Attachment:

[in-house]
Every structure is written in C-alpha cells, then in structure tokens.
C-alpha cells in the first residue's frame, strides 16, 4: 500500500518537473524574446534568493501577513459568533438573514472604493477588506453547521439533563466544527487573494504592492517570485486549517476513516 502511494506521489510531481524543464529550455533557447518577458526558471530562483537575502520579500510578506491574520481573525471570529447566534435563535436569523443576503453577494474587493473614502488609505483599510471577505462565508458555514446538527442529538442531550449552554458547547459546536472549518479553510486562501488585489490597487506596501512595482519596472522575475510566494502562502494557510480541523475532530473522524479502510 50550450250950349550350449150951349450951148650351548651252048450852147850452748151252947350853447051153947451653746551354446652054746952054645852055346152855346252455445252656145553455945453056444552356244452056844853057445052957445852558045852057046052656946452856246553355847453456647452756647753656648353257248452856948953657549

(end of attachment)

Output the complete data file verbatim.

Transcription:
[in-house]
Every structure is written in C-alpha cells, then in structure tokens.
C-alpha cells in the first residue's frame, strides 16, 4: 500500500518537473524574446534568493501577513459568533438573514472604493477588506453547521439533563466544527487573494504592492517570485486549517476513516 502511494506521489510531481524543464529550455533557447518577458526558471530562483537575502520579500510578506491574520481573525471570529447566534435563535436569523443576503453577494474587493473614502488609505483599510471577505462565508458555514446538527442529538442531550449552554458547547459546536472549518479553510486562501488585489490597487506596501512595482519596472522575475510566494502562502494557510480541523475532530473522524479502510 50550450250950349550350449150951349450951148650351548651252048450852147850452748151252947350853447051153947451653746551354446652054746952054645852055346152855346252455445252656145553455945453056444552356244452056844853057445052957445852558045852057046052656946452856246553355847453456647452756647753656648353257248452856948953657549